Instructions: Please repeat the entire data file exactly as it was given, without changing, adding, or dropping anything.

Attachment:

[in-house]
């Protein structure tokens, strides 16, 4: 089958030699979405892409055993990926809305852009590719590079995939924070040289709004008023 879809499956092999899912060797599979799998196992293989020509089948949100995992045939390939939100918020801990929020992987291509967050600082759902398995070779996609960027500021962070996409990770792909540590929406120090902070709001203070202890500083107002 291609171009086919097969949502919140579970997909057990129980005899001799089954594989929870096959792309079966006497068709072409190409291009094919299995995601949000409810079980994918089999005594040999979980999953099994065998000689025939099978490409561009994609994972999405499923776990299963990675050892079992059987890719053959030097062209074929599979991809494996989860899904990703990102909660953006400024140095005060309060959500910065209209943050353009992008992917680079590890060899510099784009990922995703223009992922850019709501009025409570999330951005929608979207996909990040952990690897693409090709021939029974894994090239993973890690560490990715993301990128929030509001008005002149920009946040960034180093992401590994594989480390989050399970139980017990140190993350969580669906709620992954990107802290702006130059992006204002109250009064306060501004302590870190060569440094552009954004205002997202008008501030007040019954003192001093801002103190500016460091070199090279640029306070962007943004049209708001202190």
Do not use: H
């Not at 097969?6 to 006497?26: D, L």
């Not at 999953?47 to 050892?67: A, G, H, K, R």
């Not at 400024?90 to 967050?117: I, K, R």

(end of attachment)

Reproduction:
[in-house]
């Protein structure tokens, strides 16, 4: 089958030699979405892409055993990926809305852009590719590079995939924070040289709004008023 879809499956092999899912060797599979799998196992293989020509089948949100995992045939390939939100918020801990929020992987291509967050600082759902398995070779996609960027500021962070996409990770792909540590929406120090902070709001203070202890500083107002 291609171009086919097969949502919140579970997909057990129980005899001799089954594989929870096959792309079966006497068709072409190409291009094919299995995601949000409810079980994918089999005594040999979980999953099994065998000689025939099978490409561009994609994972999405499923776990299963990675050892079992059987890719053959030097062209074929599979991809494996989860899904990703990102909660953006400024140095005060309060959500910065209209943050353009992008992917680079590890060899510099784009990922995703223009992922850019709501009025409570999330951005929608979207996909990040952990690897693409090709021939029974894994090239993973890690560490990715993301990128929030509001008005002149920009946040960034180093992401590994594989480390989050399970139980017990140190993350969580669906709620992954990107802290702006130059992006204002109250009064306060501004302590870190060569440094552009954004205002997202008008501030007040019954003192001093801002103190500016460091070199090279640029306070962007943004049209708001202190």
Do not use: H
């Not at 097969?6 to 006497?26: D, L």
């Not at 999953?47 to 050892?67: A, G, H, K, R």
């Not at 400024?90 to 967050?117: I, K, R």